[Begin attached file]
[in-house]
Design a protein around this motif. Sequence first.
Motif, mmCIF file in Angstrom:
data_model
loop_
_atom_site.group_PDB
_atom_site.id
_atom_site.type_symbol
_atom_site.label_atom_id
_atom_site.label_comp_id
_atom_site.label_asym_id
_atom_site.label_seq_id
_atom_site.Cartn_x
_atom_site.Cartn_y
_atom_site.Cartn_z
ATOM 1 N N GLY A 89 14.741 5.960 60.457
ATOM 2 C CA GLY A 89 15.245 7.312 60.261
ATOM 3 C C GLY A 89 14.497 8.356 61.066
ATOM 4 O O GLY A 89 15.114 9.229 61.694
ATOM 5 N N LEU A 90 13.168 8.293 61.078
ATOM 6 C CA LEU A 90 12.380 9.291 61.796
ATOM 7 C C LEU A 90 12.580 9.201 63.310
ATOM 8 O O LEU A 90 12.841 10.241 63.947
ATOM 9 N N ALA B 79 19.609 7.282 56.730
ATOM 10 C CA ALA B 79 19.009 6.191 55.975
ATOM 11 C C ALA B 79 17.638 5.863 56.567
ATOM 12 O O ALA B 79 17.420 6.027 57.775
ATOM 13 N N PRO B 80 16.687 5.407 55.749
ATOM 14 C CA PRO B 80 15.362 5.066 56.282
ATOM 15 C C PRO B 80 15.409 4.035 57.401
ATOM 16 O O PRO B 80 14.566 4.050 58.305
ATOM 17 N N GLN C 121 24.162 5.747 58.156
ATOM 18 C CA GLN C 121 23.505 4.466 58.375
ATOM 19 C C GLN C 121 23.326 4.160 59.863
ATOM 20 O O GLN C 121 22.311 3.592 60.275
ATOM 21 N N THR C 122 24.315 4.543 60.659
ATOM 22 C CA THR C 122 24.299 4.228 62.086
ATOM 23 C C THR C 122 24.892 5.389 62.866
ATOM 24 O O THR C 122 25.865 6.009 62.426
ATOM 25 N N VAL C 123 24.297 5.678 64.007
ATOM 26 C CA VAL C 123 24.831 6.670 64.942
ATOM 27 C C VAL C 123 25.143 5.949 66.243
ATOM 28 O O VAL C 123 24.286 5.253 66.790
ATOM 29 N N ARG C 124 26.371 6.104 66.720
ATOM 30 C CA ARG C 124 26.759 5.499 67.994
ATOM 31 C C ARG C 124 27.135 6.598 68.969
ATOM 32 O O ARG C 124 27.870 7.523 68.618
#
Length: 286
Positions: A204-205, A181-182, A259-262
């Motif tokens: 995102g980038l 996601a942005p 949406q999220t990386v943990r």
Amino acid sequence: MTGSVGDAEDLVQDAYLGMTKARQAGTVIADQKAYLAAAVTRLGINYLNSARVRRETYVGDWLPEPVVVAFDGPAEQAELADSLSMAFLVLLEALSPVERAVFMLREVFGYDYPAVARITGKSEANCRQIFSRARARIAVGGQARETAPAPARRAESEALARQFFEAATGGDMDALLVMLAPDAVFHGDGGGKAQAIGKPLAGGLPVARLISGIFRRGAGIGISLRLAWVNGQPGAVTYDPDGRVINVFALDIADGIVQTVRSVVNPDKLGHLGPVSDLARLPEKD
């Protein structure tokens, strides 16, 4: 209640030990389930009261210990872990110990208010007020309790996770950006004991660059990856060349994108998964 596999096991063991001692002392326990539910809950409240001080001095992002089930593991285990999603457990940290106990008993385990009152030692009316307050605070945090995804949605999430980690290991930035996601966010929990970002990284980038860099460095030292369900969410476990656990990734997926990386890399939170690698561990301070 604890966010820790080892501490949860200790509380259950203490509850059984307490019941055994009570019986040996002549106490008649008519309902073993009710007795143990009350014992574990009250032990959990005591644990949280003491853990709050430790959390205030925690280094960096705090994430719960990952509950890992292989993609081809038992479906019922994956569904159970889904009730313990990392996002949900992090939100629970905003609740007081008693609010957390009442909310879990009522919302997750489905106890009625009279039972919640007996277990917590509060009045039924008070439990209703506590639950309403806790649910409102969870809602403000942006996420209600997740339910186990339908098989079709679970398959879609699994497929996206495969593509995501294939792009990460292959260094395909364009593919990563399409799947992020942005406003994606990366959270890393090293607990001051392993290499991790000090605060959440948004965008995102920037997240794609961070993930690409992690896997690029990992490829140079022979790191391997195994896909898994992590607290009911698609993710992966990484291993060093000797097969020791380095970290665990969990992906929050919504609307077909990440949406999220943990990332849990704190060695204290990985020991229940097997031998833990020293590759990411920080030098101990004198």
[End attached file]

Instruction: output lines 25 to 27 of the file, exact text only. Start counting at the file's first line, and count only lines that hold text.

ATOM 10 C CA ALA B 79 19.009 6.191 55.975
ATOM 11 C C ALA B 79 17.638 5.863 56.567
ATOM 12 O O ALA B 79 17.420 6.027 57.775